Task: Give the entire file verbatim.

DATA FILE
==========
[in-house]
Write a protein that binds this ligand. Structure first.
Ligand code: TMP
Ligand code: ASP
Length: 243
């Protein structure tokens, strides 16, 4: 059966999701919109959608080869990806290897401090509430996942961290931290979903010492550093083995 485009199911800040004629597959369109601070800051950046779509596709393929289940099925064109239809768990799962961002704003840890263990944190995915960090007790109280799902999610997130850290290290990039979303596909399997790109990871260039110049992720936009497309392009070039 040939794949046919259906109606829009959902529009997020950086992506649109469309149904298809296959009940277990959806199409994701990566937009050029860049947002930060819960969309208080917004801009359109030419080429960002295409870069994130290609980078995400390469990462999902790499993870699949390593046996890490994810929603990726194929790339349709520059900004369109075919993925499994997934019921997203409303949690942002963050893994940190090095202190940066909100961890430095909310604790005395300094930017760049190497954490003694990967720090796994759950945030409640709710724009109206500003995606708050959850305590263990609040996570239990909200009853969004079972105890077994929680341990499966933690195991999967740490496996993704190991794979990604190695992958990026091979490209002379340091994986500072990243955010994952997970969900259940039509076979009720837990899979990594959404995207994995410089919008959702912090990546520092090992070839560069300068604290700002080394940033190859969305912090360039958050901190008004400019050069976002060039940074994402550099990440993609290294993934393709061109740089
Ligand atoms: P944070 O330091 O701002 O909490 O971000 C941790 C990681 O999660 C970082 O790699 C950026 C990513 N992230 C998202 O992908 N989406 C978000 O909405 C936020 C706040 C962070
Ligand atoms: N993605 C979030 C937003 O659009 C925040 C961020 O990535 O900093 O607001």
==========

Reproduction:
[in-house]
Write a protein that binds this ligand. Structure first.
Ligand code: TMP
Ligand code: ASP
Length: 243
């Protein structure tokens, strides 16, 4: 059966999701919109959608080869990806290897401090509430996942961290931290979903010492550093083995 485009199911800040004629597959369109601070800051950046779509596709393929289940099925064109239809768990799962961002704003840890263990944190995915960090007790109280799902999610997130850290290290990039979303596909399997790109990871260039110049992720936009497309392009070039 040939794949046919259906109606829009959902529009997020950086992506649109469309149904298809296959009940277990959806199409994701990566937009050029860049947002930060819960969309208080917004801009359109030419080429960002295409870069994130290609980078995400390469990462999902790499993870699949390593046996890490994810929603990726194929790339349709520059900004369109075919993925499994997934019921997203409303949690942002963050893994940190090095202190940066909100961890430095909310604790005395300094930017760049190497954490003694990967720090796994759950945030409640709710724009109206500003995606708050959850305590263990609040996570239990909200009853969004079972105890077994929680341990499966933690195991999967740490496996993704190991794979990604190695992958990026091979490209002379340091994986500072990243955010994952997970969900259940039509076979009720837990899979990594959404995207994995410089919008959702912090990546520092090992070839560069300068604290700002080394940033190859969305912090360039958050901190008004400019050069976002060039940074994402550099990440993609290294993934393709061109740089
Ligand atoms: P944070 O330091 O701002 O909490 O971000 C941790 C990681 O999660 C970082 O790699 C950026 C990513 N992230 C998202 O992908 N989406 C978000 O909405 C936020 C706040 C962070
Ligand atoms: N993605 C979030 C937003 O659009 C925040 C961020 O990535 O900093 O607001």